Petrosoyuz Industrial Group, St. Petersburg, launched foods production in 1994. It unites seven enterprises located in St. Petersburg, the Leningrad Region, the Ivanovo Region, the Moscow Region and Bukhara (Uzbekistan). The Group produces mayonnaise, spread butter and ketchup. Most popular trademarks are Moya Semiya (Russian for My Family), Mechta Khozyaiki (Housewife’s Dream), Derevenskoe Myagkoe (Village Spread), Picador, Khan. The company covers around 40 percent of spread butter market, 15 percent of ketchup market and 10 percent of mayonnaise market in Russia. The analysts estimate its annual turnover at around $200 million.
FAS senior executive Teimuraz Kharitonashvili told Kommersant the Service had sanctioned Heinz to buy out at least majority stakes in eleven companies of Petrosoyuz, most of them are the asset management companies. Moreover, Heinz is acquiring Ivanovsky margarine factory, mayonnaise and butter production arm of Petrosoyuz. But Petrosoyuz keeps the ketchup and dressing enterprises (Petroproduct, Lytkarinsky Food Factory), generally regarded most attractive to Heinz.
Both in Petrosoyuz and in Heinz, they declined to disclose the reasons of Heinz interest in non-core assets.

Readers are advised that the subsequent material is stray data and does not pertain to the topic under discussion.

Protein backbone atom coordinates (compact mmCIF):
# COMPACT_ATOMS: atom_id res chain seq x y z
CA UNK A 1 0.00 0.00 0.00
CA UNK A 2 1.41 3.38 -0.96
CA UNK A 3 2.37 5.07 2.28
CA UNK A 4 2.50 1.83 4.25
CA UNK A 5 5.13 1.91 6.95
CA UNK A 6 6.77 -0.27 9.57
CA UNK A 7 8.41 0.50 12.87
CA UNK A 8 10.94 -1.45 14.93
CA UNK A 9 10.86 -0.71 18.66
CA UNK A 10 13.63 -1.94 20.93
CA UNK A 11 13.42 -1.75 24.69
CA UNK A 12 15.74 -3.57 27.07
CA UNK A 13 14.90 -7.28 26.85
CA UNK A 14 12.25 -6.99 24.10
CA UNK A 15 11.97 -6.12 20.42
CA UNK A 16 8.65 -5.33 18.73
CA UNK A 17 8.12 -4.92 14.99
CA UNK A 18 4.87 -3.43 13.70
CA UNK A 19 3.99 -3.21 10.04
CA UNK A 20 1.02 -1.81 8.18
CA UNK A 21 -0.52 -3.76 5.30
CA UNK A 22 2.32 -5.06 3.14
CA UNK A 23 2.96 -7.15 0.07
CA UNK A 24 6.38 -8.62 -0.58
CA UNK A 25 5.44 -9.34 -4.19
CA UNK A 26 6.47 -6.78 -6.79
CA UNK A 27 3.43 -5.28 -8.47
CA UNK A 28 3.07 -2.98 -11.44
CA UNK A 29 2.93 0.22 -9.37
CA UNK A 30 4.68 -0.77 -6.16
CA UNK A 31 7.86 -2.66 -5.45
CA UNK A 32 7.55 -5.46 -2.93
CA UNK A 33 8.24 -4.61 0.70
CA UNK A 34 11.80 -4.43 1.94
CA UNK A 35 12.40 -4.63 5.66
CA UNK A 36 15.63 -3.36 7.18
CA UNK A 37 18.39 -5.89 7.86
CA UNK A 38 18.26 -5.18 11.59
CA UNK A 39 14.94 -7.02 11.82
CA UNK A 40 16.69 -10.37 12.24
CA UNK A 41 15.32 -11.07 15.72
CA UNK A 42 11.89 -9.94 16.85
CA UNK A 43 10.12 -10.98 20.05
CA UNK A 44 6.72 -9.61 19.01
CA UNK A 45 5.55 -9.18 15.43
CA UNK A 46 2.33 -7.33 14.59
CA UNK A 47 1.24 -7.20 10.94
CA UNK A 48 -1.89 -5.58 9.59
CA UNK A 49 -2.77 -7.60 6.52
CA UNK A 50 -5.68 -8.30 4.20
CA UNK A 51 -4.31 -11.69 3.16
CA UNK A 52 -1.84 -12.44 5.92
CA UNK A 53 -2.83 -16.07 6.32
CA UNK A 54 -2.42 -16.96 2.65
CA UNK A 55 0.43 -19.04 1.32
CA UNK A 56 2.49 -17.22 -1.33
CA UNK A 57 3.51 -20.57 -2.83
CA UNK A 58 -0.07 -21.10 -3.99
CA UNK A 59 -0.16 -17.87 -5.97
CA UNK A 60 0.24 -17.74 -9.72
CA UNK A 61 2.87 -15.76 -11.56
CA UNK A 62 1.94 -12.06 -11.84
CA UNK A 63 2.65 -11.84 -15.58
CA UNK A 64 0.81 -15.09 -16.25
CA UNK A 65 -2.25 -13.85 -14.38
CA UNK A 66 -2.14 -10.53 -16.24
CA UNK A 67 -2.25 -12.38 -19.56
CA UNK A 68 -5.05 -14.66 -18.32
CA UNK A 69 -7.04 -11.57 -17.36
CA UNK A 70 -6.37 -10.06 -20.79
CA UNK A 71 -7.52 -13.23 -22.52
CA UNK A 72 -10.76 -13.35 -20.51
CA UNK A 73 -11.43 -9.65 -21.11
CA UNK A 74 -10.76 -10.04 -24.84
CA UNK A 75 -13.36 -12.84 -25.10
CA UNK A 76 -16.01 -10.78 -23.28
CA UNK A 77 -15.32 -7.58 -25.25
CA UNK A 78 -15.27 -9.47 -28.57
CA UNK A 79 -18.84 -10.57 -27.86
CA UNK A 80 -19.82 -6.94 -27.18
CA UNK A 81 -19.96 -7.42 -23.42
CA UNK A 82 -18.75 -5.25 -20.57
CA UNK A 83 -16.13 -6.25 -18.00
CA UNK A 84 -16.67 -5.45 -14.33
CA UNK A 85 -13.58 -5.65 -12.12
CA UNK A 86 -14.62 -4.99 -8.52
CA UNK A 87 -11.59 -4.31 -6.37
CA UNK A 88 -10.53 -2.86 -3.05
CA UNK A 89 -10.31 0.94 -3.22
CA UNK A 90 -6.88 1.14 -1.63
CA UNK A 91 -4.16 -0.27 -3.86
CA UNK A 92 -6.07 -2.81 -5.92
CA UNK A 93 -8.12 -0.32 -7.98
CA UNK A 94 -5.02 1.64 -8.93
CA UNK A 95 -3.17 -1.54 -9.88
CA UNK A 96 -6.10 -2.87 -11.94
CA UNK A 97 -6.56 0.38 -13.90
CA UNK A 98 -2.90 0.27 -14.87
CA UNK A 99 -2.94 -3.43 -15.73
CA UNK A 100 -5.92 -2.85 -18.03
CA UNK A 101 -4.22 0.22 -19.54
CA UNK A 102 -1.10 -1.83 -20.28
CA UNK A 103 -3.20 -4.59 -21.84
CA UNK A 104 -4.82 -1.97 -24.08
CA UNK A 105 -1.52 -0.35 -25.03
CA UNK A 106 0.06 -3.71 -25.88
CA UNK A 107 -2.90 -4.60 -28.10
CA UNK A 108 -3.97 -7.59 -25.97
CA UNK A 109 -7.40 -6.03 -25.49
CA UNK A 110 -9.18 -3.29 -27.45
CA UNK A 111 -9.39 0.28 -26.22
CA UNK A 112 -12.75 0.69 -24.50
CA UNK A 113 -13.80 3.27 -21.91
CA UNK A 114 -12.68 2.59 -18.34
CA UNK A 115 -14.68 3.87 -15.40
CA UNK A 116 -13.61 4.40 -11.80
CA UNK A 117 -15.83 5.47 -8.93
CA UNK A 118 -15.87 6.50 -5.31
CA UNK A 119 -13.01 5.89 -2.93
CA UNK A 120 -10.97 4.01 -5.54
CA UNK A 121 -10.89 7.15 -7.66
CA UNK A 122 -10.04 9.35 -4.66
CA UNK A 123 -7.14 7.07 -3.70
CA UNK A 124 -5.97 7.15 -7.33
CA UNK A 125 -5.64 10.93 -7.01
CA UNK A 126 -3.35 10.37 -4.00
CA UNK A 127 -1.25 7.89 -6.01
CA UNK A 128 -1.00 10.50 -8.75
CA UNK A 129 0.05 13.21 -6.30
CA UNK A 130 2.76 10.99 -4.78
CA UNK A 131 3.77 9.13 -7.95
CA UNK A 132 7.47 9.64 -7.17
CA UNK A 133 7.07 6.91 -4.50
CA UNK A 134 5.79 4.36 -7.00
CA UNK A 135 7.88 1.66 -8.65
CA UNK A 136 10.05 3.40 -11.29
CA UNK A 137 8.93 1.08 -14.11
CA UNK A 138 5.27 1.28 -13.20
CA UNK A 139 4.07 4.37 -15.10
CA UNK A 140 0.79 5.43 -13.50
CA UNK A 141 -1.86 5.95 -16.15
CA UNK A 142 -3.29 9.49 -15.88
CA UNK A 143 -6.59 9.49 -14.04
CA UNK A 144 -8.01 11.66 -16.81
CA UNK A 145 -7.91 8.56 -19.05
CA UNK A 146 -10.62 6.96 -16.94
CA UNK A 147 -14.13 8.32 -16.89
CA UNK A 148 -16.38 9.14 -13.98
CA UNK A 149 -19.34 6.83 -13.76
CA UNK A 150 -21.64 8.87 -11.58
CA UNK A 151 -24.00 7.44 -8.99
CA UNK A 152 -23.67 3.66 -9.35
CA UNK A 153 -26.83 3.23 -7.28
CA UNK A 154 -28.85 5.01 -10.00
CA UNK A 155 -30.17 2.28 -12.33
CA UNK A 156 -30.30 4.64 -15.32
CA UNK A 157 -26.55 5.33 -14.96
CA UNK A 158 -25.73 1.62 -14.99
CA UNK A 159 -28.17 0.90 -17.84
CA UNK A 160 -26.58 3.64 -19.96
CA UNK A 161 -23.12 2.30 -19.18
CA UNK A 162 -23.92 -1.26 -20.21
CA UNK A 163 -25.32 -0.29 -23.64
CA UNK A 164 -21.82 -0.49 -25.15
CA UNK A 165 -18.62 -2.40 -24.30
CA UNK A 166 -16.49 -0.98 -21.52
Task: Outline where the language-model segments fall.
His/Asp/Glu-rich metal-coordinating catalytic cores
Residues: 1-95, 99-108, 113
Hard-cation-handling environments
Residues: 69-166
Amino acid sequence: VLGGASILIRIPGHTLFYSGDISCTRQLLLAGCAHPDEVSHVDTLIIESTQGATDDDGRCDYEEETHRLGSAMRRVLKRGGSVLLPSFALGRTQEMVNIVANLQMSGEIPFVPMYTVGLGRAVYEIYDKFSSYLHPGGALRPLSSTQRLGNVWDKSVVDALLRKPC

Most experts speculate the U.S. company will seize all business of Petrosoyuz and that current sale of some assets could be viewed as certain safety net for today’s owners of Russia's holding.
“In all appearance, the deal will be drawn out in time and go through at least two stages. At first, the Americans get assets not so attractive to them to guarantee to the buyer that the deal will proceed. Then, they will slowly buy out the remainder,” forecasted Uralsib analyst Marat Ibragimov. “It is the first step towards purchase of the whole holding,” pointed out Vyacheslav Kitaichik, top executive at Rusagro-Maslo.
How much Heinz will have to pay to buy out one of Russia’s top players on the fat market is yet unclear. Petrosoyuz Managing Director Dmitry Filatov told Kommersant last year that the worth of his business is no less than the total of annual turnover. Petrosoyuz costs from $100 million to $150 million, though Heinz may pay more to enter the market, said Baltimor CEO Alexey Antipov.
FAS says the deal could be finalized by this year’s end. Though Heinz will have to apply to the Service again to get sanction for other assets of Petrosoyuz.
News source: www.kommersant.com
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